A costly attempt to reduce Cornell University's urban deer population backfired in a bizarre way.
In an effort to reduce urban deer populations on Cornell University's campus in Ithaca, NY, scientists sterilized does and mistakenly created "buck magnets", according to the Washington Post.
Cornell scientists began the sterilization project in 2009 after residents of central campus complained of a growing infestation of whitetail deer. Deer were ravishing local gardens, spreading Lyme disease, and causing car accidents. Residents demanded action to cull the herd, and most didn't want to use lethal measures.
Cornell opted for a costly sterilization program instead of lethal control measures. Biologists captured 77 does and blocked their fallopian tubes to make them permanently sterile. The procedure cost roughly $1200 per doe, and it yielded some unexpected and unwanted results.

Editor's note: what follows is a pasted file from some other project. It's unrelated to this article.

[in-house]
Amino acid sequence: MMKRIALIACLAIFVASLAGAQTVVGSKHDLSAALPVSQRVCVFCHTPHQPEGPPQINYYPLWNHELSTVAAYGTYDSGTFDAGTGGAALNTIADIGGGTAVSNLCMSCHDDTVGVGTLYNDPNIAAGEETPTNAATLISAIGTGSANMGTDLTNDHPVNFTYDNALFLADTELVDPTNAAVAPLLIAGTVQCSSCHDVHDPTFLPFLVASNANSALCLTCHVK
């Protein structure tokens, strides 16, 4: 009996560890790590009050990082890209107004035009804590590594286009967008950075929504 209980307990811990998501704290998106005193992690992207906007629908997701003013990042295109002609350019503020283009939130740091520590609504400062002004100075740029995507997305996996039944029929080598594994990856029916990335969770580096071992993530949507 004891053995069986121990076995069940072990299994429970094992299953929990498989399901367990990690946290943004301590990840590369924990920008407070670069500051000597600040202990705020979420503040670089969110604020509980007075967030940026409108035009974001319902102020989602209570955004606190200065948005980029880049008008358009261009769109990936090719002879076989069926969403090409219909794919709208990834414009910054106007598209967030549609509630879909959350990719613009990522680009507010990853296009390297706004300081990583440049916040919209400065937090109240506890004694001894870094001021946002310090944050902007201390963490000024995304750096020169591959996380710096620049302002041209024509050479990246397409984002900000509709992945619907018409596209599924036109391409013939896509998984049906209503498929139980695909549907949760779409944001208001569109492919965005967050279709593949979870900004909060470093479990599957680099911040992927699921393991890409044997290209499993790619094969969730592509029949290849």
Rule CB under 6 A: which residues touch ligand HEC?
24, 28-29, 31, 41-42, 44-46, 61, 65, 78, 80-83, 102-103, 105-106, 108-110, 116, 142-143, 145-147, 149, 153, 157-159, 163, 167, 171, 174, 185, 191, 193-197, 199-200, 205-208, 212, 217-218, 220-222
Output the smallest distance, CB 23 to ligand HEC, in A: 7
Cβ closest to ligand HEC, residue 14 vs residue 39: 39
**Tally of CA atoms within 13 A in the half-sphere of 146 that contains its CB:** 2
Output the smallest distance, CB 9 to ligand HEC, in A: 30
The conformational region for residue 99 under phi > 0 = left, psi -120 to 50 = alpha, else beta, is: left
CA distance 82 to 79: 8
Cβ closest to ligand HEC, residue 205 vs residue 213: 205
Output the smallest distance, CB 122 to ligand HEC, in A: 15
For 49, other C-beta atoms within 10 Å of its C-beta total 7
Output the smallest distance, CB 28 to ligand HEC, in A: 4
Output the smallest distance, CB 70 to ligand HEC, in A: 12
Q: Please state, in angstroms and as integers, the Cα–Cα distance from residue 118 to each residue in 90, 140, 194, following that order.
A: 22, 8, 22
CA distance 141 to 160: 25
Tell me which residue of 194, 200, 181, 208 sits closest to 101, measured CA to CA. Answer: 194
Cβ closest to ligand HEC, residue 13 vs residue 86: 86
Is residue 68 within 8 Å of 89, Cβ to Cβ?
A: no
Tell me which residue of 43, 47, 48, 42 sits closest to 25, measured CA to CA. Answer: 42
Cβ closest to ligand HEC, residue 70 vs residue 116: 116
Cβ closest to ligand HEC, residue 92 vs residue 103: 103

Paul Curtis, a Cornell wildlife specialist, noticed that the sterilized does still came into estrous, which attracted bucks from miles around to campus. With more bucks coming to campus, the deer population didn't decrease.
"There were about 100 deer on campus when we started, and there were still about 100 deer [five years later]," said Paul Curtis, a Cornell wildlife specialist.
Fawn and doe numbers slightly declined, but by and large, Cornell's deer infestation problem hasn't improved.
In 2013, Cornell opted to use trappers and volunteer bowhunters to cull the herd. It worked, and it's a lot cheaper, especially because the hunters are volunteers. From 2013 to 2014, Cornell's deer population dropped from and estimated 105 to 58.
Sometimes - scratch that - most of the time, hunting is the best way to control deer populations.
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